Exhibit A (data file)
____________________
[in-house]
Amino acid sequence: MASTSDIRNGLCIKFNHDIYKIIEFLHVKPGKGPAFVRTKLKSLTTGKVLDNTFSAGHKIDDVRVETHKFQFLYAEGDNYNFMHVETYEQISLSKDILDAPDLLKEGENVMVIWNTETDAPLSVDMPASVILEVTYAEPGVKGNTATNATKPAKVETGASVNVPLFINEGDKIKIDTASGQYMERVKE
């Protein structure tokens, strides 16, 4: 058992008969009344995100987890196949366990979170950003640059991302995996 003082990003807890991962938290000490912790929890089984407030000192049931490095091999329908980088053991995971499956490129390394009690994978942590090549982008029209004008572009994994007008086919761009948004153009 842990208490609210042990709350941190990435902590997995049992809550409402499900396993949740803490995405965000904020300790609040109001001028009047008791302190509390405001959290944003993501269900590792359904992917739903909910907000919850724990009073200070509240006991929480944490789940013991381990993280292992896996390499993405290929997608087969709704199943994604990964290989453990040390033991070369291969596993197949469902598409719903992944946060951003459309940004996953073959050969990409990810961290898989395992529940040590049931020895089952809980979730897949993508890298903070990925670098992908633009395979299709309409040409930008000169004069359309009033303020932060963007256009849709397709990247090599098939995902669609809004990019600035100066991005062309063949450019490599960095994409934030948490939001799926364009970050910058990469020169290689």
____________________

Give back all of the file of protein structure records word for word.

[in-house]
Amino acid sequence: MASTSDIRNGLCIKFNHDIYKIIEFLHVKPGKGPAFVRTKLKSLTTGKVLDNTFSAGHKIDDVRVETHKFQFLYAEGDNYNFMHVETYEQISLSKDILDAPDLLKEGENVMVIWNTETDAPLSVDMPASVILEVTYAEPGVKGNTATNATKPAKVETGASVNVPLFINEGDKIKIDTASGQYMERVKE
């Protein structure tokens, strides 16, 4: 058992008969009344995100987890196949366990979170950003640059991302995996 003082990003807890991962938290000490912790929890089984407030000192049931490095091999329908980088053991995971499956490129390394009690994978942590090549982008029209004008572009994994007008086919761009948004153009 842990208490609210042990709350941190990435902590997995049992809550409402499900396993949740803490995405965000904020300790609040109001001028009047008791302190509390405001959290944003993501269900590792359904992917739903909910907000919850724990009073200070509240006991929480944490789940013991381990993280292992896996390499993405290929997608087969709704199943994604990964290989453990040390033991070369291969596993197949469902598409719903992944946060951003459309940004996953073959050969990409990810961290898989395992529940040590049931020895089952809980979730897949993508890298903070990925670098992908633009395979299709309409040409930008000169004069359309009033303020932060963007256009849709397709990247090599098939995902669609809004990019600035100066991005062309063949450019490599960095994409934030948490939001799926364009970050910058990469020169290689």